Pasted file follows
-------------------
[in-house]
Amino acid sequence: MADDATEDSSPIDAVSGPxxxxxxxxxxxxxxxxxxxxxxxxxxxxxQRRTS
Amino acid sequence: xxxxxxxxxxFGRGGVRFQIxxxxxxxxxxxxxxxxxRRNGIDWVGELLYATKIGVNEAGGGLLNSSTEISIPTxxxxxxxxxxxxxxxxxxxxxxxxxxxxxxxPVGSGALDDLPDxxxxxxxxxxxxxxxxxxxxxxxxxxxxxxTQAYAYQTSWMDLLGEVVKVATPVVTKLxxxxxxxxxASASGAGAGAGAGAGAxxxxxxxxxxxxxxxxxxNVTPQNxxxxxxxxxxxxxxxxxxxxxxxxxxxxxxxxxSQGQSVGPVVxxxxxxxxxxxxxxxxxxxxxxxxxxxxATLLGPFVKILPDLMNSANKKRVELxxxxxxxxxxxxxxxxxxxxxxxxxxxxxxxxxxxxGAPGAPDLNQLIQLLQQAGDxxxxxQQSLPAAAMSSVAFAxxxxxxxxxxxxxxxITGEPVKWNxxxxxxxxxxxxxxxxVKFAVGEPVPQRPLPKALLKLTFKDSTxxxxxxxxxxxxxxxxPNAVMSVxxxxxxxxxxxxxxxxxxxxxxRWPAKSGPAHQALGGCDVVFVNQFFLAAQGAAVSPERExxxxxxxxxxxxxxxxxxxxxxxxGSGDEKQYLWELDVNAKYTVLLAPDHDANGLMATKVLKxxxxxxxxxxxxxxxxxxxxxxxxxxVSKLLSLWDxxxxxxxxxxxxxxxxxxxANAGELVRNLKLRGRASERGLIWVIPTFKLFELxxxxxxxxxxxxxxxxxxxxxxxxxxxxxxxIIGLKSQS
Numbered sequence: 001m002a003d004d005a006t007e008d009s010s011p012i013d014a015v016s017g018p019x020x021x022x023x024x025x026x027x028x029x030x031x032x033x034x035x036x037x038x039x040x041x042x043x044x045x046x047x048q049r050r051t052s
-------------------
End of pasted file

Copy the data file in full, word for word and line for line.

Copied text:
[in-house]
Amino acid sequence: MADDATEDSSPIDAVSGPxxxxxxxxxxxxxxxxxxxxxxxxxxxxxQRRTS
Amino acid sequence: xxxxxxxxxxFGRGGVRFQIxxxxxxxxxxxxxxxxxRRNGIDWVGELLYATKIGVNEAGGGLLNSSTEISIPTxxxxxxxxxxxxxxxxxxxxxxxxxxxxxxxPVGSGALDDLPDxxxxxxxxxxxxxxxxxxxxxxxxxxxxxxTQAYAYQTSWMDLLGEVVKVATPVVTKLxxxxxxxxxASASGAGAGAGAGAGAxxxxxxxxxxxxxxxxxxNVTPQNxxxxxxxxxxxxxxxxxxxxxxxxxxxxxxxxxSQGQSVGPVVxxxxxxxxxxxxxxxxxxxxxxxxxxxxATLLGPFVKILPDLMNSANKKRVELxxxxxxxxxxxxxxxxxxxxxxxxxxxxxxxxxxxxGAPGAPDLNQLIQLLQQAGDxxxxxQQSLPAAAMSSVAFAxxxxxxxxxxxxxxxITGEPVKWNxxxxxxxxxxxxxxxxVKFAVGEPVPQRPLPKALLKLTFKDSTxxxxxxxxxxxxxxxxPNAVMSVxxxxxxxxxxxxxxxxxxxxxxRWPAKSGPAHQALGGCDVVFVNQFFLAAQGAAVSPERExxxxxxxxxxxxxxxxxxxxxxxxGSGDEKQYLWELDVNAKYTVLLAPDHDANGLMATKVLKxxxxxxxxxxxxxxxxxxxxxxxxxxVSKLLSLWDxxxxxxxxxxxxxxxxxxxANAGELVRNLKLRGRASERGLIWVIPTFKLFELxxxxxxxxxxxxxxxxxxxxxxxxxxxxxxxIIGLKSQS
Numbered sequence: 001m002a003d004d005a006t007e008d009s010s011p012i013d014a015v016s017g018p019x020x021x022x023x024x025x026x027x028x029x030x031x032x033x034x035x036x037x038x039x040x041x042x043x044x045x046x047x048q049r050r051t052s